Amy Goodman is an American broadcast journalist, syndicated columnist,
investigative reporter, and author. Goodman's investigative journalism
career includes coverage of the East Timor independence movement and
Chevron Corporation's role in Nigeria. Since 1996, Goodman has hosted
Democracy Now!, an independent global news program broadcast daily on
radio, television and the Internet. She is the recipient of numerous
awards, including the
Thomas Merton Award in 2004, a Right Livelihood
Award in 2008, and an Izzy Award in 2009 for "special achievement in
In 2012, Goodman received the
Gandhi Peace Award
Gandhi Peace Award for a "significant
contribution to the promotion of an enduring international peace".
Goodman is the author of six books, including the 2012 The Silenced
Majority: Stories of Uprisings, Occupations, Resistance, and Hope,
and the 2016 Democracy Now!: Twenty Years Covering the Movements
Changing America. In 2016, she was criminally charged in connection
with her coverage of protests of the Dakota Access pipeline. The
charges, which were condemned by the Committee to Protect Journalists,
were dismissed on October 17, 2016.
1 Early life
Investigative journalism career
2.1 Democracy Now!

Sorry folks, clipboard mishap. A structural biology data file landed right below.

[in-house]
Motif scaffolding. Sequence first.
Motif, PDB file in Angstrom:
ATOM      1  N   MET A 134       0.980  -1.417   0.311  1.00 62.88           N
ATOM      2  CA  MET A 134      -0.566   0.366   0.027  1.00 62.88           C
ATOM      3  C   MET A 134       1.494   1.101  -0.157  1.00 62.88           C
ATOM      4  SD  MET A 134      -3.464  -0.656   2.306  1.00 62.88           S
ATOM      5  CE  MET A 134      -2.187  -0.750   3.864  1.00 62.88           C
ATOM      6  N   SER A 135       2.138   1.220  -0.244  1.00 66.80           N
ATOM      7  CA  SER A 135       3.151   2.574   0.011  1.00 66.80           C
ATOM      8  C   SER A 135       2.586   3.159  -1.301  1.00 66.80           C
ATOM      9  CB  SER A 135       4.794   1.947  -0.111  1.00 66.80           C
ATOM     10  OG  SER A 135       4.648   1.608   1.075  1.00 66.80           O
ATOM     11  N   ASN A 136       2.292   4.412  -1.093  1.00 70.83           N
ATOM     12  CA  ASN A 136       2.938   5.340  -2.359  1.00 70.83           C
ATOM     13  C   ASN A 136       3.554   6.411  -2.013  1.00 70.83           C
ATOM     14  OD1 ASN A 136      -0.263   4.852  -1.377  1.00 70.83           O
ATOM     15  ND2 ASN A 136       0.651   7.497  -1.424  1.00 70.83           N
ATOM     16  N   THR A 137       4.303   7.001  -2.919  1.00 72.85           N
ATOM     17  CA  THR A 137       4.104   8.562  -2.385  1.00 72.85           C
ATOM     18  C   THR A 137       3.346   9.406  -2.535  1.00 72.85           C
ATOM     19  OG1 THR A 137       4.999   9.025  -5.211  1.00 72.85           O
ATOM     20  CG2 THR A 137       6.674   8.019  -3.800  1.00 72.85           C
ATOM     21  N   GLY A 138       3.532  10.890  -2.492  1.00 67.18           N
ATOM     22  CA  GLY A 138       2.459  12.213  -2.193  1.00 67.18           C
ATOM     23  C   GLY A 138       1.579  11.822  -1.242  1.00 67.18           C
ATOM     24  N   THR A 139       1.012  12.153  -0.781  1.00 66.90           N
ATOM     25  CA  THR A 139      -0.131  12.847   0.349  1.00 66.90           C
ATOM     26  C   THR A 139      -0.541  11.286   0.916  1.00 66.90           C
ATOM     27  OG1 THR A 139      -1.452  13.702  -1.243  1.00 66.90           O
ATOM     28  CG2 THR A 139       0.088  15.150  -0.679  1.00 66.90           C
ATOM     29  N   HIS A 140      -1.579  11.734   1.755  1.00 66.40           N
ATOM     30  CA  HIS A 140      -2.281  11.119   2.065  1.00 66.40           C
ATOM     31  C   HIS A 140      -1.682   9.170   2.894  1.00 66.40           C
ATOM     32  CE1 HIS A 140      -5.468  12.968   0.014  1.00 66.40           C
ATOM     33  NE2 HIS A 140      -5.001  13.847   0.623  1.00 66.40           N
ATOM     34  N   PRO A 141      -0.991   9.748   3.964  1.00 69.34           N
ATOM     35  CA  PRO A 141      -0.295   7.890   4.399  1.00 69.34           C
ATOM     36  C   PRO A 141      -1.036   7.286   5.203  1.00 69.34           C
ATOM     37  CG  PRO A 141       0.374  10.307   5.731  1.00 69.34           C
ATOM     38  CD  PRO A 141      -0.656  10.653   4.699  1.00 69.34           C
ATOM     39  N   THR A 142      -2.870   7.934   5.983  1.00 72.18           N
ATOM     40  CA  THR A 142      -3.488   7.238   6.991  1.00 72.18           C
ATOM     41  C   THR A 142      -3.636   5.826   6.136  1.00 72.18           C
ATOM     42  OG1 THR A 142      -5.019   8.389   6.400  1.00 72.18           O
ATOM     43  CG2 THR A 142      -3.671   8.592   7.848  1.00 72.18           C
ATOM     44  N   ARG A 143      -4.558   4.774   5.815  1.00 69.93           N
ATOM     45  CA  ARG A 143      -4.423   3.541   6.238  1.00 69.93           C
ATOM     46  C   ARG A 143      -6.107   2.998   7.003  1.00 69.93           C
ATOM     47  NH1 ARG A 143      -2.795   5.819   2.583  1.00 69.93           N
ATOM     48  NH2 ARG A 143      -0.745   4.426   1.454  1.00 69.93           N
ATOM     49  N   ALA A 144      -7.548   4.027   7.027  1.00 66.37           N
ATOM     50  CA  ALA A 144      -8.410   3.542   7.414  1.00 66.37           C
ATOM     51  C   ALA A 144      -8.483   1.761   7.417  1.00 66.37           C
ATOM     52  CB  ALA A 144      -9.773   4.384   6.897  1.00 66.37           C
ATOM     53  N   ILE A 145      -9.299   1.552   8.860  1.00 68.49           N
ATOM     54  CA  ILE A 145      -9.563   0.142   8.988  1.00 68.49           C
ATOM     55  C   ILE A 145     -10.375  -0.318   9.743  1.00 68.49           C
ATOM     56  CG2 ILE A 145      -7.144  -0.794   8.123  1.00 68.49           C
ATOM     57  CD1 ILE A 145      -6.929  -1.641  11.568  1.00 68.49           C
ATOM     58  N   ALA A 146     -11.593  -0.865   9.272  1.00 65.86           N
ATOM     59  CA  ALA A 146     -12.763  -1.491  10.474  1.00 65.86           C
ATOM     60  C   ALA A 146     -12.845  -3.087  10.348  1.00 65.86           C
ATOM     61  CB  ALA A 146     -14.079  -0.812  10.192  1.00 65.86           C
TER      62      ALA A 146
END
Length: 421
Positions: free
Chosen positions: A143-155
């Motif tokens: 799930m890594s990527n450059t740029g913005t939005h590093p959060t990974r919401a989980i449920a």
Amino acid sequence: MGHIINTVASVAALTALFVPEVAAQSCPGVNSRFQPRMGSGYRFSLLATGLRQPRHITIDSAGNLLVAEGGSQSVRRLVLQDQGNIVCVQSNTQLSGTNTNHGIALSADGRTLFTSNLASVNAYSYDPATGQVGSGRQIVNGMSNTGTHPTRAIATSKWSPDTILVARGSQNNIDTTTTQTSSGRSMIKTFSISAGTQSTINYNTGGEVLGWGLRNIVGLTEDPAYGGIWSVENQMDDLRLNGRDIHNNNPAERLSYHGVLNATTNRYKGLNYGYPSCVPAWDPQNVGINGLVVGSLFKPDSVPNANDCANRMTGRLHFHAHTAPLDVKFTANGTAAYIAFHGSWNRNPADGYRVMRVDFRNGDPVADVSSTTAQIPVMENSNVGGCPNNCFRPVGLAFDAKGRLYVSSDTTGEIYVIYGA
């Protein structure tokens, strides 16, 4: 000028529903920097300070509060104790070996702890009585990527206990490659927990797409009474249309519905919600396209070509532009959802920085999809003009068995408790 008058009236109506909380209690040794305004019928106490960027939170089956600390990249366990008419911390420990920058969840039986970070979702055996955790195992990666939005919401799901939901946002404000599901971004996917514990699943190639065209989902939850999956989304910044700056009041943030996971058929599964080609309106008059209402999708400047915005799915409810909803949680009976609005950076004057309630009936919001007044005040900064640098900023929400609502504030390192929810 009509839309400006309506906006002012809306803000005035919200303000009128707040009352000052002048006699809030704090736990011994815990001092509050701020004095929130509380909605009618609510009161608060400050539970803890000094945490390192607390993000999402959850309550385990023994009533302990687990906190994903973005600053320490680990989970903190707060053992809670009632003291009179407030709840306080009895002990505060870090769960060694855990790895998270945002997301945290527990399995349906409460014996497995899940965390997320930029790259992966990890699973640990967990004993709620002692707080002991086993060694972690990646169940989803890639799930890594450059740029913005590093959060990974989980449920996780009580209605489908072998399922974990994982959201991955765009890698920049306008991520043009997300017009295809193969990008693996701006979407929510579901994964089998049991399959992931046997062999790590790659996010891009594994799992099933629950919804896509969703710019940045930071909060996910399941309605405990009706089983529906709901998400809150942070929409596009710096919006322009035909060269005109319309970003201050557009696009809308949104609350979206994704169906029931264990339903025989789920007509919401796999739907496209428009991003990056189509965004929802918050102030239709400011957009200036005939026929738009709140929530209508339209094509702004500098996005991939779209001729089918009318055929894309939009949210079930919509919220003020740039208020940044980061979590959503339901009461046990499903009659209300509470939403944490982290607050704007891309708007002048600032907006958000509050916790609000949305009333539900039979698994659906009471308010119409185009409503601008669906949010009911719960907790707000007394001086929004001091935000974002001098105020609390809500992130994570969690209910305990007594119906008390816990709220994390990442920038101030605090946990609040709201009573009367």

2.2 Interview with President Clinton
2.3 Arrest at 2008 Republican Convention
2.4 Douglas border crossing incident
2.5 North Dakota access pipeline protests
6 See also
8 External links
Both of Goodman's parents were active in social action groups.
George Goodman was an ophthalmologist and a founding member of the
Long Island chapter of Physicians for Social Responsibility.
Dorothy Goodman, a literature teacher and later a social worker,
co-founded a local chapter of the SANE/Freeze peace group. One of
Goodman's brothers, David Goodman, is also an investigative journalist
and has co-authored books with his sister.
Goodman is from an secular Jewish family. Her maternal grandfather
was an Orthodox Rabbi. Raised in Bay Shore, New York, she
graduated from Bay Shore High School in 1975, and from Radcliffe
College, Harvard University, in 1984, with a degree in
anthropology. Goodman spent a year studying at the College of the
Atlantic in Bar Harbor, Maine.
Investigative journalism career
Goodman speaking at Power to the Peaceful Festival, San Francisco
In 1991, covering the East Timor independence movement, Goodman and
Allan Nairn reported that they were badly beaten by
Indonesian soldiers after witnessing a mass killing of Timorese
demonstrators in what became known as the Santa Cruz Massacre.
In 1998, Goodman and journalist
Jeremy Scahill (later a founding
editor of The Intercept, along with
Glenn Greenwald and Laura Poitras)
documented Chevron Corporation's role in a confrontation between the
Nigerian Army and villagers who had seized oil rigs and other
equipment belonging to oil corporations. Two villagers were shot and
killed during the standoff. On May 28, 1998, the company
provided helicopter transport to the